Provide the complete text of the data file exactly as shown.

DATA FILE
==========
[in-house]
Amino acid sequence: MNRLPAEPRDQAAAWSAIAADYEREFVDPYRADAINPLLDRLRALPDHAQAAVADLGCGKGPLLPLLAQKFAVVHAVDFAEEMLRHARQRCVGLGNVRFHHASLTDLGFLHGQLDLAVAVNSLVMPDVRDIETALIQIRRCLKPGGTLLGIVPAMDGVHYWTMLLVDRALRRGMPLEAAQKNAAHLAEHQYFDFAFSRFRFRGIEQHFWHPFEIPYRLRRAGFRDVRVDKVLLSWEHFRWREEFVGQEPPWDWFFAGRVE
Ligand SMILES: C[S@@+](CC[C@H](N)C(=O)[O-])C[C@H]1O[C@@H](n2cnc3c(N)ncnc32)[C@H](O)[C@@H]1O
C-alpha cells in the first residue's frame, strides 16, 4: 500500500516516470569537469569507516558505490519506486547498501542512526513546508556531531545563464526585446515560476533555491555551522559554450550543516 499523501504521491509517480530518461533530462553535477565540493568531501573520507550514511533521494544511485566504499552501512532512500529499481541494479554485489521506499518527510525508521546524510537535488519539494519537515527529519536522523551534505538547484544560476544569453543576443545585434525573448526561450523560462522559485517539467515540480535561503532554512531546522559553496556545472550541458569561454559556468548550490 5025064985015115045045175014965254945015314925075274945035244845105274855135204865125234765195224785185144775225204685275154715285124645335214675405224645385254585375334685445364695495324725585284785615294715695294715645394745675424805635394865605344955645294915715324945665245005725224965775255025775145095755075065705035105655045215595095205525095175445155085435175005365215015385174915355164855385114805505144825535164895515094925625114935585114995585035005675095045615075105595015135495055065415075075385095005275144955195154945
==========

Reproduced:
[in-house]
Amino acid sequence: MNRLPAEPRDQAAAWSAIAADYEREFVDPYRADAINPLLDRLRALPDHAQAAVADLGCGKGPLLPLLAQKFAVVHAVDFAEEMLRHARQRCVGLGNVRFHHASLTDLGFLHGQLDLAVAVNSLVMPDVRDIETALIQIRRCLKPGGTLLGIVPAMDGVHYWTMLLVDRALRRGMPLEAAQKNAAHLAEHQYFDFAFSRFRFRGIEQHFWHPFEIPYRLRRAGFRDVRVDKVLLSWEHFRWREEFVGQEPPWDWFFAGRVE
Ligand SMILES: C[S@@+](CC[C@H](N)C(=O)[O-])C[C@H]1O[C@@H](n2cnc3c(N)ncnc32)[C@H](O)[C@@H]1O
C-alpha cells in the first residue's frame, strides 16, 4: 500500500516516470569537469569507516558505490519506486547498501542512526513546508556531531545563464526585446515560476533555491555551522559554450550543516 499523501504521491509517480530518461533530462553535477565540493568531501573520507550514511533521494544511485566504499552501512532512500529499481541494479554485489521506499518527510525508521546524510537535488519539494519537515527529519536522523551534505538547484544560476544569453543576443545585434525573448526561450523560462522559485517539467515540480535561503532554512531546522559553496556545472550541458569561454559556468548550490 5025064985015115045045175014965254945015314925075274945035244845105274855135204865125234765195224785185144775225204685275154715285124645335214675405224645385254585375334685445364695495324725585284785615294715695294715645394745675424805635394865605344955645294915715324945665245005725224965775255025775145095755075065705035105655045215595095205525095175445155085435175005365215015385174915355164855385114805505144825535164895515094925625114935585114995585035005675095045615075105595015135495055065415075075385095005275144955195154945